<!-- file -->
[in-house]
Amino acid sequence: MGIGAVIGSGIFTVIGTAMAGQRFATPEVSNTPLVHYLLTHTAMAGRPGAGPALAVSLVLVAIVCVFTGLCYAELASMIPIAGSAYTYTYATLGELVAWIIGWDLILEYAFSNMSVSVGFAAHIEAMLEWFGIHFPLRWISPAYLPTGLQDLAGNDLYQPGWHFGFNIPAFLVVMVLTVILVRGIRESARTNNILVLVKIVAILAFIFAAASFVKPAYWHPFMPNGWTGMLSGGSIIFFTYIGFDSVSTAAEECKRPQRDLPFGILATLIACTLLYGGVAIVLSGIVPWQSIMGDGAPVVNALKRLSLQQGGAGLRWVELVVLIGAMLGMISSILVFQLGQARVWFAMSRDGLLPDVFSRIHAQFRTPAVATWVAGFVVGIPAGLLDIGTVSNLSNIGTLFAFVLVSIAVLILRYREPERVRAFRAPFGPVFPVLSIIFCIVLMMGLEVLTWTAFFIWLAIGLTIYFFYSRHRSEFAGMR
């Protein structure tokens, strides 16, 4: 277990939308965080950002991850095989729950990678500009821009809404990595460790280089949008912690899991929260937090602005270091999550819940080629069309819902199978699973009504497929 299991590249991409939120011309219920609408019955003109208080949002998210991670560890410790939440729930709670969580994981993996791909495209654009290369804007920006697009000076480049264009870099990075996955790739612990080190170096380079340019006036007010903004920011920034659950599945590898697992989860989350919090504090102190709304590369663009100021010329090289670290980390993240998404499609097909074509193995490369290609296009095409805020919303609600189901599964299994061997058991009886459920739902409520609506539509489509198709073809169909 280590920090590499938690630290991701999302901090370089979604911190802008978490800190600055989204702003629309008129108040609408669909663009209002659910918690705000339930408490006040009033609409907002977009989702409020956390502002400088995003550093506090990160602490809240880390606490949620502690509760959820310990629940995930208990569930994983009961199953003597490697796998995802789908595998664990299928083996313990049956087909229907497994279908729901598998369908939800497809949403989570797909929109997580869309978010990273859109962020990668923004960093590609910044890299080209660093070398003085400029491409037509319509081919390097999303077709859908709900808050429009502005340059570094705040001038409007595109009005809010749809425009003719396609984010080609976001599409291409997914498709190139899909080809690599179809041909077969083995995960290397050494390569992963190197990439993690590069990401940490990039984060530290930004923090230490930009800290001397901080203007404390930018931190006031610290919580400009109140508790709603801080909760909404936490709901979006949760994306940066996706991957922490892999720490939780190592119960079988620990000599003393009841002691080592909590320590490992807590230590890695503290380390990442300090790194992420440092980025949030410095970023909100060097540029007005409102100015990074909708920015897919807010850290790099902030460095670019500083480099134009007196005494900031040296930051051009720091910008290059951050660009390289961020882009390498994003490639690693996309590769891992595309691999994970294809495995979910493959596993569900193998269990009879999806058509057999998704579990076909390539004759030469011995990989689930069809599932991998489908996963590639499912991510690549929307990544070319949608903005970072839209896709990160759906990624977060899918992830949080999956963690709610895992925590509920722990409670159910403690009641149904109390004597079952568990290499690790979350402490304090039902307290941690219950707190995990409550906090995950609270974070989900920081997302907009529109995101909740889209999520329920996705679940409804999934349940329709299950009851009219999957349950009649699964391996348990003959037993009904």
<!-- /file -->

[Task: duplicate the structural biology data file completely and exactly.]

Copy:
[in-house]
Amino acid sequence: MGIGAVIGSGIFTVIGTAMAGQRFATPEVSNTPLVHYLLTHTAMAGRPGAGPALAVSLVLVAIVCVFTGLCYAELASMIPIAGSAYTYTYATLGELVAWIIGWDLILEYAFSNMSVSVGFAAHIEAMLEWFGIHFPLRWISPAYLPTGLQDLAGNDLYQPGWHFGFNIPAFLVVMVLTVILVRGIRESARTNNILVLVKIVAILAFIFAAASFVKPAYWHPFMPNGWTGMLSGGSIIFFTYIGFDSVSTAAEECKRPQRDLPFGILATLIACTLLYGGVAIVLSGIVPWQSIMGDGAPVVNALKRLSLQQGGAGLRWVELVVLIGAMLGMISSILVFQLGQARVWFAMSRDGLLPDVFSRIHAQFRTPAVATWVAGFVVGIPAGLLDIGTVSNLSNIGTLFAFVLVSIAVLILRYREPERVRAFRAPFGPVFPVLSIIFCIVLMMGLEVLTWTAFFIWLAIGLTIYFFYSRHRSEFAGMR
């Protein structure tokens, strides 16, 4: 277990939308965080950002991850095989729950990678500009821009809404990595460790280089949008912690899991929260937090602005270091999550819940080629069309819902199978699973009504497929 299991590249991409939120011309219920609408019955003109208080949002998210991670560890410790939440729930709670969580994981993996791909495209654009290369804007920006697009000076480049264009870099990075996955790739612990080190170096380079340019006036007010903004920011920034659950599945590898697992989860989350919090504090102190709304590369663009100021010329090289670290980390993240998404499609097909074509193995490369290609296009095409805020919303609600189901599964299994061997058991009886459920739902409520609506539509489509198709073809169909 280590920090590499938690630290991701999302901090370089979604911190802008978490800190600055989204702003629309008129108040609408669909663009209002659910918690705000339930408490006040009033609409907002977009989702409020956390502002400088995003550093506090990160602490809240880390606490949620502690509760959820310990629940995930208990569930994983009961199953003597490697796998995802789908595998664990299928083996313990049956087909229907497994279908729901598998369908939800497809949403989570797909929109997580869309978010990273859109962020990668923004960093590609910044890299080209660093070398003085400029491409037509319509081919390097999303077709859908709900808050429009502005340059570094705040001038409007595109009005809010749809425009003719396609984010080609976001599409291409997914498709190139899909080809690599179809041909077969083995995960290397050494390569992963190197990439993690590069990401940490990039984060530290930004923090230490930009800290001397901080203007404390930018931190006031610290919580400009109140508790709603801080909760909404936490709901979006949760994306940066996706991957922490892999720490939780190592119960079988620990000599003393009841002691080592909590320590490992807590230590890695503290380390990442300090790194992420440092980025949030410095970023909100060097540029007005409102100015990074909708920015897919807010850290790099902030460095670019500083480099134009007196005494900031040296930051051009720091910008290059951050660009390289961020882009390498994003490639690693996309590769891992595309691999994970294809495995979910493959596993569900193998269990009879999806058509057999998704579990076909390539004759030469011995990989689930069809599932991998489908996963590639499912991510690549929307990544070319949608903005970072839209896709990160759906990624977060899918992830949080999956963690709610895992925590509920722990409670159910403690009641149904109390004597079952568990290499690790979350402490304090039902307290941690219950707190995990409550906090995950609270974070989900920081997302907009529109995101909740889209999520329920996705679940409804999934349940329709299950009851009219999957349950009649699964391996348990003959037993009904």